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I grew up eating Economy Rice which is known in other names, such as mixed vegetable rice. It's also known as cai png in Hokkien or cai fan (菜饭) in Chinese, which is a direct translation of “vegetable rice”.

What is Economy Rice or Cai Png?

It is essentially a plate of rice, topped with selected ingredients, and often, gravy or curry drizzled on top. The places that serve economy rice usually comes in the form of a food stall at a hawker center or food court.

Economy rice is not unique to Singapore, with similar variations existing in many South-East Asian countries, such as the Cơm Bình Dân in Vietnam. While certain dishes like Nasi Lemak or Hainanese Curry Rice have a similar concept of a few ingredients served with rice, they are not regarded as Economy Rice. However, Economy Rice lovers would likely find those variations familiar.

I make an exception for Economy Bee Hoon, which is usually sold in the mornings at the same store. The distinct difference is the choice of carbs, which you can usually choose between mee (yellow noodles), bee hoon (rice vermicelli), or kway teow (flat rice noodles). Another difference is the choice of sides available are those regarded in Singapore as breakfast sides, such as sunnyside egg, luncheon meat (spam), squid cutlet, or chicken wing.

Economy bee hoon

What dishes can you choose with Economy Rice?

The beauty about Economy Rice is that you get to choose the dishes that go on top of your rice, so in that sense, it's customized to each person's taste. However, there are some dishes that are commonly found in many Economy Rice stalls.

Messy plate of pure goodness.

Here are some of my staple choices.

Chicken cutlet
Sausage potato

From a cost perspective, this is a poor choice, since it is charged as a meat dish even though it's half potato. However, I just love the combination of fried potato and sausages.

How to Order Economy Rice

The anatomy of Economy Rice store is same no matter where you go. This is how you order:

  1. The first thing you want to convey is whether you have to eat in or take out.
  2. Some customers would order for their entire family or colleagues, so you are usually expected to indicate how many plates or packets of food you need. If the ingredients for each packet can be the same, you should say so at this point, so you don't have to choose all over again for each plate or packet.
  3. Then you point to the dishes you want. It's often hard to instruct them based on the exact name of the dishes since they are not written anywhere. So what most would do is to point at the dish (some of my friends affectionately refer to Economy Rice as “point point”). Most of the time, the dishes are placed close to each other, so just pointing won't suffice, and you would need to state the most obvious ingredient.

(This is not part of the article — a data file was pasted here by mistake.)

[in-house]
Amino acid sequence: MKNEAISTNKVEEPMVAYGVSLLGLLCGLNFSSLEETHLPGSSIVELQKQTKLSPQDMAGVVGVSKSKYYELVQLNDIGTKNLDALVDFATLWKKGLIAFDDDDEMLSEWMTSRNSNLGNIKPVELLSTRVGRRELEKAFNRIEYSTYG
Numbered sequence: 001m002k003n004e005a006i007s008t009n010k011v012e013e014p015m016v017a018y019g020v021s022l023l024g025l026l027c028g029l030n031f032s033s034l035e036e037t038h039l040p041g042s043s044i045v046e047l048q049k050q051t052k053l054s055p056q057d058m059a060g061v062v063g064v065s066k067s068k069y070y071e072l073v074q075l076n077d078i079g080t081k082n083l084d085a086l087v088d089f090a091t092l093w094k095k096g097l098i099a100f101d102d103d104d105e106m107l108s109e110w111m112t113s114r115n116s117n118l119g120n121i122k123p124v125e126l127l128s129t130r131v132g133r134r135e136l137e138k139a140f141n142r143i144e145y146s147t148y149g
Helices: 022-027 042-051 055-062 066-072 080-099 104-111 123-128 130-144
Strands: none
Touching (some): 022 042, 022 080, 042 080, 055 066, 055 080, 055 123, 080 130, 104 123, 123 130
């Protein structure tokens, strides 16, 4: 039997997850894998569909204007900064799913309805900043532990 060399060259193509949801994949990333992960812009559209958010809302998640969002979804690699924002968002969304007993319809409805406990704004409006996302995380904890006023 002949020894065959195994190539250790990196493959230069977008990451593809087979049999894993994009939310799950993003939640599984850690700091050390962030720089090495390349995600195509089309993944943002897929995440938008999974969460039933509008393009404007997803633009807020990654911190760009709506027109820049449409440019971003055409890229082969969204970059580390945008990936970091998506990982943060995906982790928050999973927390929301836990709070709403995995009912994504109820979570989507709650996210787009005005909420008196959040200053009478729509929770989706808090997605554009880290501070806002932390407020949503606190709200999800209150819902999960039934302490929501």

4. The staff would then tabulate the total cost and you'll make payment. It will be hard to verify the cost since the price of each dish is not usually clear. Generally speaking, dishes that contain meat, even a small amount, will be considered as a meat dish and cost more. If you pick dishes that have a more premium ingredient, such as a whole fish, it might cost even more at around $4-6 per dish. Usually, the staff will let you know if a dish you pick would cost relatively higher than the rest.
From Ming Kee Cooked Food at Tanjong Pagar Plaza

How to Order “Cai Fan” like a Pro

Want to take ordering to the next level? A post by an unidentified author first shared in 2012 details an economy rice ordering hack that lets you maximize the amount of you get like a pro.

  1. Order the meat dishes first. The person will not think you are a cheapskate and give you a larger portion.
  2. When ordering, point at the dish as many times or as long as you can. The person will subconsciously give you more.
  3. Don't rush when ordering. Give the person some time to scoop your dish before pointing to the next dish. This is because if you are in a rush, the person will scoop a lesser portion and move on to the next dish.
  4. Say “more rice” instead of “add rice”. The person will probably give you more rice and not charge you.
The Cai Fan at Isle Eating House in Parklane Shopping Mall.

Some additional tips from my own experience

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  • Try to avoid dishes with just a sprinkle of meat, such as the potato and sausage dish. Half of it is sausage but will be counted as a full meat dish. Instead, go for dishes that are pure meat.
  • Eating in will likely give you more volume since the space in a packet is limited. Ordering more than three dishes will likely cause the person to give you less for the last dish to fit into the pack.
    • If you need to take away, ordering the meat dish first would ensure you don't lose out.
  • Gravy or curry to top off your order is free, so be sure to ask for it. Chilli is also usually provided but you would have to put it in on your own.
    • Don't count on the gravy or sauces staying in the packet. Expect spillage and be careful when taking it out. I would usually leave the plastic bag at the bottom as a table mat.
Don't trust sauces and gravies to stay in the packet.

Tagged food hawker sg